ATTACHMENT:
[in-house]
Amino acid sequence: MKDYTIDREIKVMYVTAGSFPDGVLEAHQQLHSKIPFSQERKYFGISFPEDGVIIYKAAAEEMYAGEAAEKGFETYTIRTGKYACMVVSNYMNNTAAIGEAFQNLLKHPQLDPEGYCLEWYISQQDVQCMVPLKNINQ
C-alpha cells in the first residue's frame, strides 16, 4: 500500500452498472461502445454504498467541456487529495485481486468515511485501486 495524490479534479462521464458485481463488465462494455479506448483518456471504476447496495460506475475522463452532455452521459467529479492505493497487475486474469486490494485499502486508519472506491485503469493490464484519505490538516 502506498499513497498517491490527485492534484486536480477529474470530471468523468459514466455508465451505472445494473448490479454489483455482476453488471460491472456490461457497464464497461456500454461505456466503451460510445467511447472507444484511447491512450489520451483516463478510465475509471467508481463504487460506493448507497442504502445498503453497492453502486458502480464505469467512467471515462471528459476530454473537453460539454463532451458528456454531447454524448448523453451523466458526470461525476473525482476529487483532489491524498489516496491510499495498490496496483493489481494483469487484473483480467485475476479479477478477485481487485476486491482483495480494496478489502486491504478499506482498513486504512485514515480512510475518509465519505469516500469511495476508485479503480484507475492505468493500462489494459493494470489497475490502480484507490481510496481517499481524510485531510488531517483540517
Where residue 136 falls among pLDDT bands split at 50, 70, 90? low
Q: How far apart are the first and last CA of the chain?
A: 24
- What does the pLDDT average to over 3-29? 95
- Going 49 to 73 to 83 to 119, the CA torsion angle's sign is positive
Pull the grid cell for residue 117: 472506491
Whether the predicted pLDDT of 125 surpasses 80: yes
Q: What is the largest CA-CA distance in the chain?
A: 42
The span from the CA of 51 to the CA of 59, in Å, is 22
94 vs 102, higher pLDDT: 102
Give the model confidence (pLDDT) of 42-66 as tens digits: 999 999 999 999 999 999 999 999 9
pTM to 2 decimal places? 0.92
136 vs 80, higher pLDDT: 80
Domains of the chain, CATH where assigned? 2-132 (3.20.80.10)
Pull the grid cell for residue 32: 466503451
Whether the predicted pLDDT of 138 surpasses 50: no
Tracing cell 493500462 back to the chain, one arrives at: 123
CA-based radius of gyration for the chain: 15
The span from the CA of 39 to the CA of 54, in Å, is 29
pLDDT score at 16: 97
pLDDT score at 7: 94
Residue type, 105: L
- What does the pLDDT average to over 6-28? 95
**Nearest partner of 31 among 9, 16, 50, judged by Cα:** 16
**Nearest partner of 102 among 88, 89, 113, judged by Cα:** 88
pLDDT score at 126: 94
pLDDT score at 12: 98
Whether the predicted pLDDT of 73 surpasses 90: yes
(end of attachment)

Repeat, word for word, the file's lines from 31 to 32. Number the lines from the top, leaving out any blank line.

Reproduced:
pLDDT score at 12: 98
Whether the predicted pLDDT of 73 surpasses 90: yes